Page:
Human biopsy samples of human PPs were collected from healthy small intestinal tissues and analyzed by immunohistochemistry. This was approved by the Committee on Human Subjects at RIKEN and Chiba University.
Preparation of FAE and conventional epithelial monolayers
FAE was isolated from mouse PPs and cecal patches by modifying the method described (Hase et al., 2005; Kimura et al., 2015; Fig. 2 A). Briefly, PPs and cecal patches were soaked in ice-cold HBSS (Life Technologies) containing 30 mM EDTA and 5 mM dithiothreitol. After incubation with gentle shaking for 20 min on ice, FAE monolayers containing both dome and crypt regions were carefully separated from lymphoid follicles by manipulation with a fine needle under stereomicroscopic monitoring.
Mouse small intestinal organoid culture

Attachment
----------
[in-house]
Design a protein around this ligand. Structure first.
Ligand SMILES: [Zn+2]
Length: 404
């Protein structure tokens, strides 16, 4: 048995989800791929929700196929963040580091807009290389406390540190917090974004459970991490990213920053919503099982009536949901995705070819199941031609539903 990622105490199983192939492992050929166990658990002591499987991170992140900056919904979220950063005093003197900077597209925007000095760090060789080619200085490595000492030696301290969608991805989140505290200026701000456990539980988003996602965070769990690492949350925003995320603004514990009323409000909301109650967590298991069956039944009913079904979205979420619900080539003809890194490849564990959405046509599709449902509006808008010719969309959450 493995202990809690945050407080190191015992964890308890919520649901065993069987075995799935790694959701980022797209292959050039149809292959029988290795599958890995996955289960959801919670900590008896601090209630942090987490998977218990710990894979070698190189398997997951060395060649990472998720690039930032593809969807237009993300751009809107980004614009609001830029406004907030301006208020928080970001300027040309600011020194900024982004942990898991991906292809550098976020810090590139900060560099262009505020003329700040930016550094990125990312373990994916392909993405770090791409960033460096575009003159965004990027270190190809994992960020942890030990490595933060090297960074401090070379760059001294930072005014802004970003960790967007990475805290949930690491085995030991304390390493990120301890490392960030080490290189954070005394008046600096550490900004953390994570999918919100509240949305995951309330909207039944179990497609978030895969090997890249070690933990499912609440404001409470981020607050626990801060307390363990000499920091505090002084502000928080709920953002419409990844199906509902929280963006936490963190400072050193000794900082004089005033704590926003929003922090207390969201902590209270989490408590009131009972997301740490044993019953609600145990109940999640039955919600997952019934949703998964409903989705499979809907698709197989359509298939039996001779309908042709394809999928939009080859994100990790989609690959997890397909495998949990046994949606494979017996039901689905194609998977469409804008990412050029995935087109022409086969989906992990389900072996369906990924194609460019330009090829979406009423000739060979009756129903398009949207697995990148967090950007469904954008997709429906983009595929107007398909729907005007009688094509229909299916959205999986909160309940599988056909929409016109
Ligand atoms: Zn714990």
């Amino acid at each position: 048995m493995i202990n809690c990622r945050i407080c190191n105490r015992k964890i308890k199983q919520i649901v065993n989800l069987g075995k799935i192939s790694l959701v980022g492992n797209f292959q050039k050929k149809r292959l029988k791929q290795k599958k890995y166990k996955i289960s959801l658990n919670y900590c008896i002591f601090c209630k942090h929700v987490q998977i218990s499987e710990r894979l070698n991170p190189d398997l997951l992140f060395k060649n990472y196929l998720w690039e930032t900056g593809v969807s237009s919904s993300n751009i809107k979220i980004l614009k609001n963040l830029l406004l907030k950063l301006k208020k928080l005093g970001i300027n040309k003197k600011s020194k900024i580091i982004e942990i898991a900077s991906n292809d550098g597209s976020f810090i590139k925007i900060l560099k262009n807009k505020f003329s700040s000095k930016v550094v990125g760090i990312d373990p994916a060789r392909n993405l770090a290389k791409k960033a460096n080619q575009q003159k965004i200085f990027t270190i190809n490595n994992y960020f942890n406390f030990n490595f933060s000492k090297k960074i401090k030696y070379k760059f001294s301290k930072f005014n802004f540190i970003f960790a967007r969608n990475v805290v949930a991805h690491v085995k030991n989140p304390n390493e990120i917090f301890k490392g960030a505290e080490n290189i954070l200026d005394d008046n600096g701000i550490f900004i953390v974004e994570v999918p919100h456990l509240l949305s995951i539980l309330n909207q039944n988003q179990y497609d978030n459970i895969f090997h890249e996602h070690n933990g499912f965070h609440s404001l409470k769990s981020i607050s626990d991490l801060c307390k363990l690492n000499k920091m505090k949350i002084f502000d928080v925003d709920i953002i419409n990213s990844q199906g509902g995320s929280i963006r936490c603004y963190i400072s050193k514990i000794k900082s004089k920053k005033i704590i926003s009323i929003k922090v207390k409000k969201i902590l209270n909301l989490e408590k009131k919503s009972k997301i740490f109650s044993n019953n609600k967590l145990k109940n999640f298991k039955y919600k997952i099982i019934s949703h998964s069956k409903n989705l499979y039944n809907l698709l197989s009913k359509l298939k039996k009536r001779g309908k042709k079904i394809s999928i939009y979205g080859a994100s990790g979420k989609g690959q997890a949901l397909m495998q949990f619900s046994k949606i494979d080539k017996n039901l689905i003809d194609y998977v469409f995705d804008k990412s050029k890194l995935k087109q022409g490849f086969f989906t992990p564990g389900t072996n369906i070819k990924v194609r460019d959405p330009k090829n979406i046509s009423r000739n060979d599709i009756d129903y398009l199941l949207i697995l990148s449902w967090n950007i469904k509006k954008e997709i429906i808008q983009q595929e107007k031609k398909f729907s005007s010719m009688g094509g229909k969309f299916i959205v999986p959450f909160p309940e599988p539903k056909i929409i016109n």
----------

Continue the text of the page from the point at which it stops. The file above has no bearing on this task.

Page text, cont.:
Small intestinal organoids were derived from Sox8−/− or littermate control mice. The duodenum was removed from mice and cut into 5-mm segments. The segments were incubated in cold 2 mM EDTA in PBS for 5 min and washed by pipetting. The segments were incubated in 2 mM cold EDTA in PBS for 30 min, and crypts were isolated by pipetting with cold HBSS. Dissociated crypts were passed through a 70-µm cell strainer. The crypts were resuspended in DMEM/F12 medium (Stemcell Technologies); then, the number of crypts were counted, and the crypts were resuspended in Matrigel (Corning). Next, the crypts were plated in a 24-well plate with IntestiCult organoid growth medium (Stemcell Technologies). Media were changed every 2 d. For M cell induction, 200 ng/ml recombinant mouse RANKL (Affymetrix) was added to the medium and incubated for 3 d.